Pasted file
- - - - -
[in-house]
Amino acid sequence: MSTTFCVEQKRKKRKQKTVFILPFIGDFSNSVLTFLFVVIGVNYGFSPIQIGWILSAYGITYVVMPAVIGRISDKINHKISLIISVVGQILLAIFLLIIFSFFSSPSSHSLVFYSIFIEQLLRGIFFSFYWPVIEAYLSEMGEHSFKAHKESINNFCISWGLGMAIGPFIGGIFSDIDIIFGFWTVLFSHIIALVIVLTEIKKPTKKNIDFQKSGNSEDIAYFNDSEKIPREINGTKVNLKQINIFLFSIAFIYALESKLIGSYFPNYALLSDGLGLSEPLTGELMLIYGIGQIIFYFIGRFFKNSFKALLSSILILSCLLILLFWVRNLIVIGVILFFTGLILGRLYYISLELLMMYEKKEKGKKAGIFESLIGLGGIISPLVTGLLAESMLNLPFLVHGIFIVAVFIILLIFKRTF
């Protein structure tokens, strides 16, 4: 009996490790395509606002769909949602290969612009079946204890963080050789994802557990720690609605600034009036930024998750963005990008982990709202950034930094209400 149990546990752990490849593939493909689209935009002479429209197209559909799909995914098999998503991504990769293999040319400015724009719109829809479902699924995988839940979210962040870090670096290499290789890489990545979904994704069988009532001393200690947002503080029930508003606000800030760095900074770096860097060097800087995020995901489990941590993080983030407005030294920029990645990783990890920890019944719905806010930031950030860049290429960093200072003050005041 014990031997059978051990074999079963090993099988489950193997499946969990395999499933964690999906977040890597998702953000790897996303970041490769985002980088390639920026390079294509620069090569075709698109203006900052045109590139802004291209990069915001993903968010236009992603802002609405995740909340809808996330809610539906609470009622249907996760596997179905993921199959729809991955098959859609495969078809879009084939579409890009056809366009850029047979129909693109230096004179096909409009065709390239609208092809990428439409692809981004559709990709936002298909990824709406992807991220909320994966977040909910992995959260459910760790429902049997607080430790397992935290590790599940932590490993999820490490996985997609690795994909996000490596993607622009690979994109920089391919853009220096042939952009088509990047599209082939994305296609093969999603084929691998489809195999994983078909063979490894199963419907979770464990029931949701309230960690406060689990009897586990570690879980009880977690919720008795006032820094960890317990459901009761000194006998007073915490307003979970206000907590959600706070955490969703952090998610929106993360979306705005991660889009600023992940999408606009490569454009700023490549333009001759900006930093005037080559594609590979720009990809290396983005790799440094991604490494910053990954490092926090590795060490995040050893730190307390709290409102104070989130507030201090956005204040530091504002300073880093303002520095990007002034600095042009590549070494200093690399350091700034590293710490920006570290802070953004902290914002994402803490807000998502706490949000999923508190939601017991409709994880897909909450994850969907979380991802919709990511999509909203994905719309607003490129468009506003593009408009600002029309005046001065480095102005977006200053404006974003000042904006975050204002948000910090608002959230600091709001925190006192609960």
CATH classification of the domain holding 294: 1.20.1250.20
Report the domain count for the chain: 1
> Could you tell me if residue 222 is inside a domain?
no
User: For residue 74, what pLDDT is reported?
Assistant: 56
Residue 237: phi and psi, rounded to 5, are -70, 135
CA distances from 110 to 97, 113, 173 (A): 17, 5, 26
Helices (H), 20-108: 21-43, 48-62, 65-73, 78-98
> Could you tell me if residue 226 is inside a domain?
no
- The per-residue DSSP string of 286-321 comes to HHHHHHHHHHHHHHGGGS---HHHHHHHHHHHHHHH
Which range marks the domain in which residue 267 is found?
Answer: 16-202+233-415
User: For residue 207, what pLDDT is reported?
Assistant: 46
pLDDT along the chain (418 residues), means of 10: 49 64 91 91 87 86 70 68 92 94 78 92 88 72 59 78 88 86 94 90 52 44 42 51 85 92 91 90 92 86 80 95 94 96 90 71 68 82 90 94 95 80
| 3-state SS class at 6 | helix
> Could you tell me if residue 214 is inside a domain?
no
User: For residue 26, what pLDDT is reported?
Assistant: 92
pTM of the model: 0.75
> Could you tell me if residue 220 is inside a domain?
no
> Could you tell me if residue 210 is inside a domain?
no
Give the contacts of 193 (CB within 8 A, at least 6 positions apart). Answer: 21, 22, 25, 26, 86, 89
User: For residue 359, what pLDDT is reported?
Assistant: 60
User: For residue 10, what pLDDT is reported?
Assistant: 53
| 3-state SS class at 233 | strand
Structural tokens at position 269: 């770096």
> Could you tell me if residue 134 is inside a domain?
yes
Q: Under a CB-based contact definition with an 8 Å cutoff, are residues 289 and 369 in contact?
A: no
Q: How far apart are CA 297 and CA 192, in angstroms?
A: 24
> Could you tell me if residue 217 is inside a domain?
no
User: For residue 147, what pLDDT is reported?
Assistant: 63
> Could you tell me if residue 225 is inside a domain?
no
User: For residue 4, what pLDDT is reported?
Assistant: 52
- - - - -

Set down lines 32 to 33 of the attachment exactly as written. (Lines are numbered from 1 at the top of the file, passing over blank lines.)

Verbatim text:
User: For residue 359, what pLDDT is reported?
Assistant: 60